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Myanmar

PeaceRep’s Myanmar research

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Our Myanmar research seeks to understand, analyse and explore opportunities for peace and democracy in Myanmar. Through research, stakeholder engagement, and comparative analysis, the programme seeks to explore the evolving nature of the crisis in Myanmar, and how domestic and international support could be leveraged to support Myanmar’s transition into a peaceful, democratic and inclusive state.

Track and monitor the implementation of peace and transition processes for Myanmar via the PA-X Tracker.

Relatives gather around a bus carrying prisoners being released outside the Insein prison in Yangon on November 17, 2022. (Photo by STR/AFP via Getty Images)
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Since the early days of independence, Myanmar has witnessed multiple armed conflicts and decades of authoritarian rule. There have been attempts, notably since 2011, to address its ‘twin transitions’- from authoritarians to democratic rule, and war to peace – through negotiations between the state and varied Ethnic Armed Organisations (EAOs)/ Ethnic Resistance Organisations (EROs). The military coup in February 2021 has derailed prospects of such twin processes. Since the coup, Myanmar has been in a situation of political instability with continued targeted attacks on protestors and civilians by the military, countrywide protests, and resumption of violence in different parts of the country–triggering humanitarian and economic crises.

Post-coup, the military formed the State Administration Council (SAC). The Committee Representing Pyidaungsu Hluttaw (CRPH), a political body formed by democratically elected candidates of the National League for Democracy (NLD) challenged the military’s claim to power, and in turn formed the National Unity Government (NUG), as an alternative for the military government. The opposition to the military, including the NUG, the EAOs, and the popular ‘revolution’ against the military junta have gained ground and legitimacy but continue to face multiple challenges. While unity among the anti-military opposition may be difficult and even undesirable, even rallying around a share vision for the country remains challenging logistically and politically, despite the considerable work achieved in the Federal Democracy Charter process.

In this context, our research on Myanmar includes several threads, including:

1. Research on the fragmentation of international actors and support to Myanmar. PeaceRep is mapping the divisions between regional actors, like India, China and Thailand, and Western states in supporting the political transition in Myanmar. This strand of research aims to i) understand the changing nature of international support, ii) its implication for the more established liberal forms of peacebuilding and democracy assistance, and the iii) impact of such diverse forms of international engagement on the political transition in Myanmar.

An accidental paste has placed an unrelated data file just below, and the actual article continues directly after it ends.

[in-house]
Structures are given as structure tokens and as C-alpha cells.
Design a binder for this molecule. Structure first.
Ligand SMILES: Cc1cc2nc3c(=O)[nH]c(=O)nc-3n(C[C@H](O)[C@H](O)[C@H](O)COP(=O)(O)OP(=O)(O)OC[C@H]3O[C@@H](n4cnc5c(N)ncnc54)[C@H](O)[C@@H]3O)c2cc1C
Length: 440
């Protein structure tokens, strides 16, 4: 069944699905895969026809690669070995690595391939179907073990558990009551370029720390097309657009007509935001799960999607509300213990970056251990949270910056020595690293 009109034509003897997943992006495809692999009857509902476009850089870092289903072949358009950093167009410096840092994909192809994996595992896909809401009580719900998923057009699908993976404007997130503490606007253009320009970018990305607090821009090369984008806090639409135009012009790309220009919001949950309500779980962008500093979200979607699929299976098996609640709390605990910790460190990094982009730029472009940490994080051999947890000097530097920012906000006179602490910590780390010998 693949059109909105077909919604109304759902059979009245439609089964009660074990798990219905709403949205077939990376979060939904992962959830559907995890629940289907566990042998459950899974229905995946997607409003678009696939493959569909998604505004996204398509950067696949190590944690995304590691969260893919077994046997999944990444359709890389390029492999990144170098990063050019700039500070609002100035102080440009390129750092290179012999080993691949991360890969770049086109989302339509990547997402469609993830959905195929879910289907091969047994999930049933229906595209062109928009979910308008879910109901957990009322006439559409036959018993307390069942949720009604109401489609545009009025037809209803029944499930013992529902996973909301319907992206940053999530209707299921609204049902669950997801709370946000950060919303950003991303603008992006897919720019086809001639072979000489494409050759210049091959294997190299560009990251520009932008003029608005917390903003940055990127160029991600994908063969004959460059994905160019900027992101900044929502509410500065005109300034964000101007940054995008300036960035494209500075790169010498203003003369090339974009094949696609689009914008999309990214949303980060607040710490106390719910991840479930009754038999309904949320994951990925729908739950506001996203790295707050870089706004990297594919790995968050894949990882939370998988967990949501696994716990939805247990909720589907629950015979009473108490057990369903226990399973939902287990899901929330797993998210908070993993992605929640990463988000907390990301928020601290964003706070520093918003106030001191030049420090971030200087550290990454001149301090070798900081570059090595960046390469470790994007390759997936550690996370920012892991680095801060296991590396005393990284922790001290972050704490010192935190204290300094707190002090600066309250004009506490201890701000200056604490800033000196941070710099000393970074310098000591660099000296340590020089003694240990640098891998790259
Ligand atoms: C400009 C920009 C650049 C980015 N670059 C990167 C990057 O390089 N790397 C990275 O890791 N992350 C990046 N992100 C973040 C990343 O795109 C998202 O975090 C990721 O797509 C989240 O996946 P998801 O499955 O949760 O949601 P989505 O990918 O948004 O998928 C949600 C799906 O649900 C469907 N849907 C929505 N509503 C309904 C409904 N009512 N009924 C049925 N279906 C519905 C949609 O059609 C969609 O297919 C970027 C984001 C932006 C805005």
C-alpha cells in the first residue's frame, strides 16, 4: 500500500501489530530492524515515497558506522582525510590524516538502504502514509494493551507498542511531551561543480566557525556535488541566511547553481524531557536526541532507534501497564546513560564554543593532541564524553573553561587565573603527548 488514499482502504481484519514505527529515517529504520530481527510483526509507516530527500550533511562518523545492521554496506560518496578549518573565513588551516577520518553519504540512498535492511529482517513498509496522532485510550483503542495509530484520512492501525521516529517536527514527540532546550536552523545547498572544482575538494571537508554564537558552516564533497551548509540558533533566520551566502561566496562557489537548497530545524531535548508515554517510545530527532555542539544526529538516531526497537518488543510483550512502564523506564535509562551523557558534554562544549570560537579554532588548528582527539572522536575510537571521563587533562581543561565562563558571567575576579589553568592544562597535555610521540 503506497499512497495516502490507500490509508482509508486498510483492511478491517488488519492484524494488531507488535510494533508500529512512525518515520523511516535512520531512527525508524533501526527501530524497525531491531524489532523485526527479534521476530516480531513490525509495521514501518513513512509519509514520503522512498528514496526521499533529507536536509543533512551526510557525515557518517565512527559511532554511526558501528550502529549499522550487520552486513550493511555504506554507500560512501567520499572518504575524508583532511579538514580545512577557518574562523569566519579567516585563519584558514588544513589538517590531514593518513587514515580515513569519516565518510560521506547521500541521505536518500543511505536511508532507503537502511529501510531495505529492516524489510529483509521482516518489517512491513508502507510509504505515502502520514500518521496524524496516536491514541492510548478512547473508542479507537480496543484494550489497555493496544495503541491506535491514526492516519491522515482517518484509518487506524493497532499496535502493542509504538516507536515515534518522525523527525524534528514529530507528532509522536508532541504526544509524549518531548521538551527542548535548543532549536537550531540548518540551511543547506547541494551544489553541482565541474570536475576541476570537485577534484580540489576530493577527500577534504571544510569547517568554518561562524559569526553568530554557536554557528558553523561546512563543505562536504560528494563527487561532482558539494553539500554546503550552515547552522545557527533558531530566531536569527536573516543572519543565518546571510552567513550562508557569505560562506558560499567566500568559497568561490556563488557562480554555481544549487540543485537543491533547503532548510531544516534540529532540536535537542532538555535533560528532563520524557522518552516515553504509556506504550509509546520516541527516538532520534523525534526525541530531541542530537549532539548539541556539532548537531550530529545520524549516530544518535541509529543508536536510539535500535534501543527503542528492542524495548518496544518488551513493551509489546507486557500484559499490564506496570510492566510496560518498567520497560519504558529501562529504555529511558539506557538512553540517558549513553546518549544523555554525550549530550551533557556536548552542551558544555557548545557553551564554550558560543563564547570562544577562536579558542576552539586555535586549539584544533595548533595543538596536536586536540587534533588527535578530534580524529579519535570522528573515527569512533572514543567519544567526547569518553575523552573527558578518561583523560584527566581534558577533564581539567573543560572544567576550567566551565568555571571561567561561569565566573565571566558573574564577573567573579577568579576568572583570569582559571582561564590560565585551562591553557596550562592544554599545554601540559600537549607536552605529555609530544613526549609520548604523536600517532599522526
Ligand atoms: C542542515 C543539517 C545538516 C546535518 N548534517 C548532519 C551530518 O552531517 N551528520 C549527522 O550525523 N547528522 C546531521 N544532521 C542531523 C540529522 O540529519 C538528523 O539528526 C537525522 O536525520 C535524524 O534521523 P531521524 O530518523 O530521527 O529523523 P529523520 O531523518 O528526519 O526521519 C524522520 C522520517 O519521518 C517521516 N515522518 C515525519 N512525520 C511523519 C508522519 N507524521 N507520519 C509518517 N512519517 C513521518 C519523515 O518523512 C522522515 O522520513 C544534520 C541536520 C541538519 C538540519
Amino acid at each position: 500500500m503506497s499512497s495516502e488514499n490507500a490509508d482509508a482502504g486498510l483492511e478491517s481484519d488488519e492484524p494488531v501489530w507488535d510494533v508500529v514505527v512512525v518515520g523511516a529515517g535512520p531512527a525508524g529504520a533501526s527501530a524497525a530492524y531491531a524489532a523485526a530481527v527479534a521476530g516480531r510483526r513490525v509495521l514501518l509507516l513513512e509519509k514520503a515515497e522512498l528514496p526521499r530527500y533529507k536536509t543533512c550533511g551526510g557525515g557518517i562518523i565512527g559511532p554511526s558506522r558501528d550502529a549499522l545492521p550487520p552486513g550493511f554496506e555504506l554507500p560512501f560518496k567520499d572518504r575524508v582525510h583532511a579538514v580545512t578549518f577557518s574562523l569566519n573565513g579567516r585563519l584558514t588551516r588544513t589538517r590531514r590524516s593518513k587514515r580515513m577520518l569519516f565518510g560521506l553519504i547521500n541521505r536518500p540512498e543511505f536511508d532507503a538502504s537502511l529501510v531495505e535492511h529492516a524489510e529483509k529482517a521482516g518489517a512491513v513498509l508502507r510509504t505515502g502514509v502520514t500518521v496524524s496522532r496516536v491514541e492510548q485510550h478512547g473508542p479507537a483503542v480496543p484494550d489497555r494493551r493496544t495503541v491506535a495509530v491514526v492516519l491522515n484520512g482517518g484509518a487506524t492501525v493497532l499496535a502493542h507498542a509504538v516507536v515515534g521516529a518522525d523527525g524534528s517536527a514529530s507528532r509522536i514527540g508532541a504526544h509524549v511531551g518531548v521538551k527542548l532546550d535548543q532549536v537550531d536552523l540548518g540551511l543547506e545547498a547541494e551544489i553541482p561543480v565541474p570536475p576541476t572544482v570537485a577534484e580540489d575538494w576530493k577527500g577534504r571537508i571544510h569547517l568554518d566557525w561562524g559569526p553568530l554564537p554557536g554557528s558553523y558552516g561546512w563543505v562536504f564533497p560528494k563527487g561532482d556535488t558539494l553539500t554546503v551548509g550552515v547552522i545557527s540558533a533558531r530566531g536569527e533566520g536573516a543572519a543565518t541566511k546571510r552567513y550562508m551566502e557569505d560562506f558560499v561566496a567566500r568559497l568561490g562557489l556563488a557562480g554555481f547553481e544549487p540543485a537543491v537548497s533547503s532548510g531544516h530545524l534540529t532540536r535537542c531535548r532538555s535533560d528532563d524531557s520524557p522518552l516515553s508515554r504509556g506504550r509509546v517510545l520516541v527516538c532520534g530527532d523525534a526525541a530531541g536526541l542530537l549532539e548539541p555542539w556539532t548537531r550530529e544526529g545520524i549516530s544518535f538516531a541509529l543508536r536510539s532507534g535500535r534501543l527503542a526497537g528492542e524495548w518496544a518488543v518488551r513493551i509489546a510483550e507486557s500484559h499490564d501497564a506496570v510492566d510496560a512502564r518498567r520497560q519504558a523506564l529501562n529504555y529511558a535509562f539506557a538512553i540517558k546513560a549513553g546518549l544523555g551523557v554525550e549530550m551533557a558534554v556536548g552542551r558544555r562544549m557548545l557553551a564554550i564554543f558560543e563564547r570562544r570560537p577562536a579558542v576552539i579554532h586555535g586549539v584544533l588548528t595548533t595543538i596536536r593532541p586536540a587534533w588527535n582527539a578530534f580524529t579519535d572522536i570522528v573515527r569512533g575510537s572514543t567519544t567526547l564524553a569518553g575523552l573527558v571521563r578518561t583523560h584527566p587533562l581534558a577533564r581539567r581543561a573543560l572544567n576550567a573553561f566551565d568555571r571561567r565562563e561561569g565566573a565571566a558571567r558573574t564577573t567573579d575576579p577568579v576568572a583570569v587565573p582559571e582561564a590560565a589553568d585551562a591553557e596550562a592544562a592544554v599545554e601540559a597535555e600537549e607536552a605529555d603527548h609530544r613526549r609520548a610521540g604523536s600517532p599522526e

2. Convening the Study Group on Myanmar. Since November 2021, PeaceRep has been convening a Study Group to support responses to this situation from within Myanmar and among external actors. The aim of the Study Group is to review, assess, and promote a shared understanding of the challenges facing Myanmar in a rapidly shifting post-coup context. The Group meets every 1-2 months to explore key issues impacting the political transition in Myanmar. These convenings have provided a broad forum for domestic and international stakeholders to come together to explore and discuss key issues in the unfolding context. The themes covered included:

i. examining the multiple dialogue processes emerging between varied political constituencies in post-coup Myanmar;

ii. the status and challenges of the NUCC/NUG constitutional deliberation process;

iii. recognition/non-recognition of governments – policy and practice relating to Myanmar post-coup;

iv. the impact of the coup on governance mechanisms to deliver Covid-19 relief

3. Capacity Building. PeaceRep and the Edinburgh Centre for Constitutional Law have been working with our International IDEA to provide a variety of constitutional advisory and training support to Myanmar institutions and actors. Activities have included capacity building and advisory initiatives to the Union Constitutional Tribunal, the Supreme Court, the Attorney General’s Department, the Pyidaungsu Hlutaw, State and Regional Governments and Legislatures, political parties, university academics, and civil society groups and activists. Researchers have also provided confidential legal advice to the international community on implications of the military takeover in February 2021 for Myanmar constitutional law and for international law.

4. Fragment state mapping.

 

Team

The PeaceRep Myanmar team includes Monalisa Adhikari (University of Stirling), Asanga Welikala (University of Edinburgh), Miguel Pantaleon and Zahed Yousuf (Dialectiq) and Ashley South (independent consultant).

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Myanmar Research

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